Ohio Gov. John Kasich (R), who opposed President Barack Obama's health care reform law, wants to take advantage of Obamacare funding to expand his state's Medicaid program to more poor people, he announced in his budget proposal Monday.
Kasich is now the fifth GOP governor to back the Medicaid expansion, joining Arizona Gov. Jan Brewer and fellow GOP leaders in Nevada, New Mexico and North Dakota in agreeing to a key component of Obama's efforts to extend health coverage to as many as 17 million people through Medicaid and the Children's Health Insurance Program over a decade. Including Ohio, the chief executives of 20 states and the District of Columbia are now on board with the Medicaid expansion.
Generous federal funding for new Medicaid enrollees is likely the major motivating factor behind Kasich's decision to participate in the expansion, which the Supreme Court made optional for states when it upheld Obama's health care law last year. The federal government will pay 100 percent of the costs of the new beneficiaries from next year through 2016, after which the share will gradually decline until it reaches 90 percent in 2022 and future years.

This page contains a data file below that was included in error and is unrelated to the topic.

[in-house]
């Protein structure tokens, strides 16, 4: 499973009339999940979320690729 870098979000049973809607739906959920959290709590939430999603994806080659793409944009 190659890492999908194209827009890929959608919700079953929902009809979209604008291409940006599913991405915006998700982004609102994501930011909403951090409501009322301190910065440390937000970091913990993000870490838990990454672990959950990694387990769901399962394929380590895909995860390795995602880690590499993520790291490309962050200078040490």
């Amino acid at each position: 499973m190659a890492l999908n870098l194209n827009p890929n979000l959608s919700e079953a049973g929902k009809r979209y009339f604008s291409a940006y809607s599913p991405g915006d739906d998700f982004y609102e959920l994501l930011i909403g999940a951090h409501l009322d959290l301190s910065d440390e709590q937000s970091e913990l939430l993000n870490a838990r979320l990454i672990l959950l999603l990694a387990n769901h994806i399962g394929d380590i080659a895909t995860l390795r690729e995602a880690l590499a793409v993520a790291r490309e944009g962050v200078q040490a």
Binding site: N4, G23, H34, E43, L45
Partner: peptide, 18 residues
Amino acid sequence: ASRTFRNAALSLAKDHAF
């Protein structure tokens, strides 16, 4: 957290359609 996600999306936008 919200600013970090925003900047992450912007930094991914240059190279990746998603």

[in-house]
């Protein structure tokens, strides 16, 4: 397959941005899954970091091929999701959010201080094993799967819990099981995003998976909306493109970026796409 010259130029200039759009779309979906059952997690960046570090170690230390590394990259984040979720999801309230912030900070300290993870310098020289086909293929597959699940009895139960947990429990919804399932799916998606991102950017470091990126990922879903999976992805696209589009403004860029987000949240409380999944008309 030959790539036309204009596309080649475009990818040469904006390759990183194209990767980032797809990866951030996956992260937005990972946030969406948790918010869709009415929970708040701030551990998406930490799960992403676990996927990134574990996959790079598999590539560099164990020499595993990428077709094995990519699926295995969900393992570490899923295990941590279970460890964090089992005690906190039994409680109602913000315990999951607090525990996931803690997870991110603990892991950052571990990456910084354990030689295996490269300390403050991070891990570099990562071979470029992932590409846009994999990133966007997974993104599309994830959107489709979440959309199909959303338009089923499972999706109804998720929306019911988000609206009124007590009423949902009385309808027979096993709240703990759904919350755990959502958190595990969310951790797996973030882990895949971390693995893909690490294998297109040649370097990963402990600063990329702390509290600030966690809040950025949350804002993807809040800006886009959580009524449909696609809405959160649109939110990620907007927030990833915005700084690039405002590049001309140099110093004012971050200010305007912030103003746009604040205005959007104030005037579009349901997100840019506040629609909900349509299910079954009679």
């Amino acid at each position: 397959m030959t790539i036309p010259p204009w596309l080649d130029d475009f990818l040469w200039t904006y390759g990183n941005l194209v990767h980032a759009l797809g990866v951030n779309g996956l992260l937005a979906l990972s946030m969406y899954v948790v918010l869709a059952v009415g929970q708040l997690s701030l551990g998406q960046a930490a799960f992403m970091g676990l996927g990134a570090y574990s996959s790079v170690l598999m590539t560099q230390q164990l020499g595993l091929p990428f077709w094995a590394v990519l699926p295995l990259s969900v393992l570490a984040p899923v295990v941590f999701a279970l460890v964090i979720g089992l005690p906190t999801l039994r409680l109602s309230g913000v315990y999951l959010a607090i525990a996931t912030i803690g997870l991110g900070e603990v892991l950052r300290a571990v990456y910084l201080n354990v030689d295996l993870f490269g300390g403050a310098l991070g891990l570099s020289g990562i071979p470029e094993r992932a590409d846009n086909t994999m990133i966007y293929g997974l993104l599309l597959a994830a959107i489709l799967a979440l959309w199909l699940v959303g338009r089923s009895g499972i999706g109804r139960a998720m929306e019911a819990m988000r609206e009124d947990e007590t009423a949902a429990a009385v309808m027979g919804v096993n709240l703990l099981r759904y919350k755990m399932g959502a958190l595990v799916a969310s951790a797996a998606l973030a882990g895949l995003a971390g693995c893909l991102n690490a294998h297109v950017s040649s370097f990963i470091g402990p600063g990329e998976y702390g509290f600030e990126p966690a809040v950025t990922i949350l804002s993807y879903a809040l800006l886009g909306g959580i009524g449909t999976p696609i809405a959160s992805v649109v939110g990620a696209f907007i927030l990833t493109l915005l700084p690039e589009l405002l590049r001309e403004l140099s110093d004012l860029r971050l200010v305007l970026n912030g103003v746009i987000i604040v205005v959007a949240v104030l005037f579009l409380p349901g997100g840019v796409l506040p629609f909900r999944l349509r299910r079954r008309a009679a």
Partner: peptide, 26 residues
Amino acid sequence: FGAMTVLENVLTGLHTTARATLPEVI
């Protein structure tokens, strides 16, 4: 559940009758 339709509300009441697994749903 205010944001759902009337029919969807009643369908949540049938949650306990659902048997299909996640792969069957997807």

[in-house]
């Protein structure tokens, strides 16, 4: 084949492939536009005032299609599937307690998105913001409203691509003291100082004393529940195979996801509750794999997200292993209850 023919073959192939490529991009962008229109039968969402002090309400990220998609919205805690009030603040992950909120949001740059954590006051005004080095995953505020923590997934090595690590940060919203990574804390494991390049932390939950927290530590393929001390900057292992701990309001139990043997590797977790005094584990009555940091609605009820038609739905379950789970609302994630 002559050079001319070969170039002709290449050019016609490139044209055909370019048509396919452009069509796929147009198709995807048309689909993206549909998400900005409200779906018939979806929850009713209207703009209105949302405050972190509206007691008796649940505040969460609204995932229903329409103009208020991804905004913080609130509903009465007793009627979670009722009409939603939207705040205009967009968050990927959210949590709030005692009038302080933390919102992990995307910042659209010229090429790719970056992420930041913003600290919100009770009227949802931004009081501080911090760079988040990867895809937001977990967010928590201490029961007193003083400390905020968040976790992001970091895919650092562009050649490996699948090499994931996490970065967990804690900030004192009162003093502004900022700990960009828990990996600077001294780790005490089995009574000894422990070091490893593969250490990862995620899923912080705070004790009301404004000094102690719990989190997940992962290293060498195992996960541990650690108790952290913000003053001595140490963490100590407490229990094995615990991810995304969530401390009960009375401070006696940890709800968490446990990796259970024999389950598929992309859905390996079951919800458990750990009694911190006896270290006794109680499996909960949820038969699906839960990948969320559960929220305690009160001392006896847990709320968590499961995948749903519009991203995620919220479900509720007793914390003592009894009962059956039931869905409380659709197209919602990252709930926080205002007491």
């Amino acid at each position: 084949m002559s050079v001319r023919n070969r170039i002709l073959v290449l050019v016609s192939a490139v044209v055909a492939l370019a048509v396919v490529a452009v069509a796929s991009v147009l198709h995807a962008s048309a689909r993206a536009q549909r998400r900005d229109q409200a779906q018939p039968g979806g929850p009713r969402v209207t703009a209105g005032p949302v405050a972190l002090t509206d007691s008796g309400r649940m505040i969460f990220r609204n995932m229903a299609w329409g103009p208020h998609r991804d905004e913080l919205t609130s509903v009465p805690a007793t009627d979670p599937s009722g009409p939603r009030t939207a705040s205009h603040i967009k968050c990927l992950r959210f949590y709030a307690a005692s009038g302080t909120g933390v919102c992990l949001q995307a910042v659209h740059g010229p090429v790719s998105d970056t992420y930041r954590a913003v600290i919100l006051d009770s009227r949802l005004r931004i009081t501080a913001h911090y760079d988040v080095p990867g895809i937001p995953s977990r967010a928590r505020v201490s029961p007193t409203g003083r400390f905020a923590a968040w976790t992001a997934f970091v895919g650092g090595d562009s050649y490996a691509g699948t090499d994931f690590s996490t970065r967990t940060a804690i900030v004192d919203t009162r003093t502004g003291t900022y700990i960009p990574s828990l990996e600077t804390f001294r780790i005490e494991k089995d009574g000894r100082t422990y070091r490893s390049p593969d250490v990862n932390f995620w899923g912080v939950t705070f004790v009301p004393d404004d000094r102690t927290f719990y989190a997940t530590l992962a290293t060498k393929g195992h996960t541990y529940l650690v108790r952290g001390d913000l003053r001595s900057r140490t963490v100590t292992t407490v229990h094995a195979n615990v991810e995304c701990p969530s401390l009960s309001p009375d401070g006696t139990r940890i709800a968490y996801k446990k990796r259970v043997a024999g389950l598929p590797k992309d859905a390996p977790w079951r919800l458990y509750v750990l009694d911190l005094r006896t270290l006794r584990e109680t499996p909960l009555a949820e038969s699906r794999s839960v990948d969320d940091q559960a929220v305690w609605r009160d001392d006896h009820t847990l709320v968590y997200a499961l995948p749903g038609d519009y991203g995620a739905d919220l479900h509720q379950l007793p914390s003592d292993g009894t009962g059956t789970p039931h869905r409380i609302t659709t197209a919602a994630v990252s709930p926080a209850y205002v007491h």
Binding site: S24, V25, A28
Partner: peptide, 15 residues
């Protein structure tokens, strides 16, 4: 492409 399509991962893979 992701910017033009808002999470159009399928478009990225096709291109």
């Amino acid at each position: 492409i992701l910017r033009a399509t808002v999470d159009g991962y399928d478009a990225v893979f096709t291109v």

"We are going to extend Medicaid for the working poor and for those who are jobless trying to find work," Kasich said at a news conference in Columbus Monday that was broadcast online. "It makes great sense for the state of Ohio because it will allow us to provide greater care with our own dollars."
Kasich credited the White House with encouraging him to go forward with the Medicaid expansion. Valerie Jarrett, a senior adviser to Obama, vowed to consider giving Ohio the flexibility to enact changes to its Medicaid program during a telephone conversation on Jan. 30, Kasich said. "I want to thank Valerie Jarrett today for being willing to work with us," he said.
Specifically, Kasich said the White House indicated it would consider proposals from Ohio that would put fewer people into Medicaid and more into private health insurance. The health care reform law seeks to extend Mediacid to anyone earning up to 133 percent of the federal poverty level, which is $15,282 for a single person this year. The expansion targets low-income adults who do not have disabilities or children living at home and who aren't eligible for Medicaid in most states today, no matter how little they earn.
The health care reform law also provides tax credits for private health insurance to people who don't get health benefits at work and who earn between the poverty level, $11,490 for an individual this year, and four times that amount.
The White House committed to weighing whether Ohio can enroll people who earn between the poverty level and 133 percent of poverty, Kasich said. In December, however, the Obama administration announced that states must expand Medicaid up to 133 percent of poverty to obtain the full funding available under the health care reform law. Kasich acknowledged that Ohio and federal authorities may not be able to strike a deal. "I don't know if it'll be workable at the end of the day," he said.